My Nursing Ethic Essay Sample
Values and ethics play a huge role in the nursing practice. Nursing care involves preventing illness and its complications, promotion or health restoration, and reducing suffering in the terminally ill. Nurses use their technical skills, qualities such as compassion, humanitarian service and duty, and efficient decision making in meeting the needs of their patients, families, and communities. An important part of nursing is ensuring the safety and the rights of patients. Vigilance of nurses is necessary in order to avoid unwanted and unnecessary treatments that lead to patient suffering.
Nurses and other health professionals work together to educate and disseminate knowledge regarding health-related socio-cultural issues. Cultural, personal, and spiritual values influence the nursing practice greatly, which makes myself perform my duty with awareness of nursing ethics. Providing efficient and optimal care are my goals every time I perform a nursing intervention corresponding to a nursing diagnosis. I formulate a nursing care plan specific for every patient to suit their needs and develop a nurturing nurse-patient relationship. This involves being respectful to my patients and their families, ensuring physical, social, emotional and spiritual satisfaction.
As nurses, we sometimes sit back and question our nursing passion, why do we got to work and what motivates us to continue fulfilling our duties to our patients. Each time I come home exhausted from a 12 hour shift, I go back and reflect on my goal and why I am in this profession: to make a positive impact on the lives of my patients and their families every day. Being a nurse for 4 years, my passion has remained constant and I can honestly say that my high degree of compassion toward human beings is what is keeping me in the nursing profession. “Many nurses go into and stay in the nursing profession to make a difference.
They are not only passionate about taking care of other human beings and making a difference in their patients’ lives, but strive to make a difference in their facilities, communities, government, and professional organizations. Remember Maslow’s hierarchy of needs? Self-Actualization sits alone atop of the needs pyramid (behind physiological, safety, social, and esteem needs). Maslow described self-actualization as what a man can be, he must be. This level of need pertains not only to what a person’s full potential is, but realizing that potential. Did you become a nurse because you wanted to accomplish a higher degree of education and skill in order to attain self-actualization? Perhaps you stay in the profession to continue your education and continue to excel in skill and knowledge base in an effort to gain self-actualization. Is that your passion?” (Heacock, 2012).
Moral reasoning in nursing is exhibited by employing prudence in our practice. Prudence is not just having good intentions. It also consists of having the knowledge needed to take care of our patients, and transforming this into reasonable decisions (Broadie, 2002). Often in my nursing career that I have encountered complicated ethical dilemmas in which I thought about either confronting directly or just turning away. Values, morals, and ethics help me take action, even when it is hard to do the right thing. As a young adult, I have learned from my elders that my personal values and preconceptions should not mix with my professional principles. My foundation of ethical decision making lies in the Code of Conduct for Nurses. “The American Nurses Association (ANA) Code of Ethics for Nurses contains a common, shared set of ethical principles to guide nurses’ professional behavior.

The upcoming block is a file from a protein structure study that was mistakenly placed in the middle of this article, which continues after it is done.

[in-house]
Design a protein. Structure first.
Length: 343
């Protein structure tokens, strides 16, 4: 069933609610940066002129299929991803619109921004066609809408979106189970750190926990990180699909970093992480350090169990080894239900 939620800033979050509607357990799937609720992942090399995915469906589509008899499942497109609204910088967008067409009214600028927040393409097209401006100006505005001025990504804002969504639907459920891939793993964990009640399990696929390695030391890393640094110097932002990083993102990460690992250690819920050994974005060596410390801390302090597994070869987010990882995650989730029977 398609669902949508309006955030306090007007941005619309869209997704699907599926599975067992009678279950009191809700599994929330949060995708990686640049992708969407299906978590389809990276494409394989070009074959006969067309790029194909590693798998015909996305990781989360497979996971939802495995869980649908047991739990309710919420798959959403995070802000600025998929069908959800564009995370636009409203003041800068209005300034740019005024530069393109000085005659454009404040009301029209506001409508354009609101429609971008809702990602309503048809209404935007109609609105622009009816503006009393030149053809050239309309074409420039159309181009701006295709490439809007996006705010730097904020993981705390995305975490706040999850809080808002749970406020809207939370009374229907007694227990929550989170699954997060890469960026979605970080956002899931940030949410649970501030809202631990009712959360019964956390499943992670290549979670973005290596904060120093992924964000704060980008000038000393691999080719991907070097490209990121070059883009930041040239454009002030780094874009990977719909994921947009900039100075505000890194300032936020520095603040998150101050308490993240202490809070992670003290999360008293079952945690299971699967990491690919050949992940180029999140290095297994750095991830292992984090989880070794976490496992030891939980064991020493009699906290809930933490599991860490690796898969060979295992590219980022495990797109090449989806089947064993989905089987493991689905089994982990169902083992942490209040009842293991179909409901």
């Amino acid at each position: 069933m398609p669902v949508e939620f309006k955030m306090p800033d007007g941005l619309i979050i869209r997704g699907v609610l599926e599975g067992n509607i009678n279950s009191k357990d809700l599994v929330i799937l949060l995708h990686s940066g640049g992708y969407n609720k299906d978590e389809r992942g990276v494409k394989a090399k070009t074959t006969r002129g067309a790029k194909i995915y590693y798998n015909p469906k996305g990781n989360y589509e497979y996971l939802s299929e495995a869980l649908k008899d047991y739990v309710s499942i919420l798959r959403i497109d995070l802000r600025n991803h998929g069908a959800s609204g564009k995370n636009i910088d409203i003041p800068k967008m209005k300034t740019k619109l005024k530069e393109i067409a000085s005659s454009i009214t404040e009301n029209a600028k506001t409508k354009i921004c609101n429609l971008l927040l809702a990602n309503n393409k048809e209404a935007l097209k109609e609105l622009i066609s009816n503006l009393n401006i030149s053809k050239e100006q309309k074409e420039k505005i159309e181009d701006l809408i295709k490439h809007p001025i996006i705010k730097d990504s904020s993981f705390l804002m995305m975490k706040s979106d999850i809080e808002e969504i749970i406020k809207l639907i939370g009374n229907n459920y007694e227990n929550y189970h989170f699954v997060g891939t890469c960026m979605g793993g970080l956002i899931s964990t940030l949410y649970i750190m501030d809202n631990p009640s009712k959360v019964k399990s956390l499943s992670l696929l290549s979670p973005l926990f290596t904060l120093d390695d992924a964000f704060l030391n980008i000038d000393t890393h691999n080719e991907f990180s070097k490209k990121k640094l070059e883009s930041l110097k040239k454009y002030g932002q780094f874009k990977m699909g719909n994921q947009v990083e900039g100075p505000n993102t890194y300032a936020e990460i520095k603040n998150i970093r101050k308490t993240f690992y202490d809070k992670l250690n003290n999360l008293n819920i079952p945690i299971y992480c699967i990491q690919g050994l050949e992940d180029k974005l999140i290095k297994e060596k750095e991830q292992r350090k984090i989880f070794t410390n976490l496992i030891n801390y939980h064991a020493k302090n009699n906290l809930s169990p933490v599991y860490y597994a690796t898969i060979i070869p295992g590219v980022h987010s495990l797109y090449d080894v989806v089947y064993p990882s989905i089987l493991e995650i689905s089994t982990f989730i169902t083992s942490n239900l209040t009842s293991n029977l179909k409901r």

All nurses are encouraged to hold to these principles in their practice of professional nursing. While the Code of Ethics for Nurses encourages nurses to remain consistent with their own personal values, it also emphasizes the need for open discussion of differing ethical principles in a manner that does not consistently place one principle above another, thus avoiding the dangers of moral arrogance and moral certitude” (Murray, 2010). Moreover, my personal values, philosophy, and worldview may conflict with my obligation to practice, creating an ethical dilemma. Many nurses have experienced this, when a patient with no advance directive goes into code blue, and the family member decides to have no resuscitative measures taken. As a person, I do not want a human being to die thinking there are still actions that could save his or her life. However, the ethical thing to do is to respect the power of attorney and let go of the patient.
Another important action to promote ethics in nursing is to support our colleagues who have the courage to voice out their opinions against unethical behavior. In becoming a nursing leader, I have learned the importance of instilling the correct values to the new nurses on the unit in order to create cohesion and uniformity, leading to excellent care and patient satisfaction. My stint as a staff nurse in a very busy hospital includes meeting nurses that are there just for the paycheck, and I personally do not want the new nurses to follow those footsteps. My passion is what makes me good at my job and at the end of the day, I know that I have done my job well when I see my patient and their families walk out of the hospital feeling better.
Broadie, S. (2002). Commentary. In C. Rowe (Trans.), Aristotle: Nicomachean ethics:
Translation, introduction, and commentary. New York, NY: Oxford University Press. Heacock, S. (2012). Remembering your nursing passion. Retrieved from:
http://www.nursetogether.com/remembering-your-nursing-passion Murray, J. (2010). Moral courage in healthcare: Acting ethically even in the presence of risk.
The online journal of issues in nursing. Sept. 30, 2010.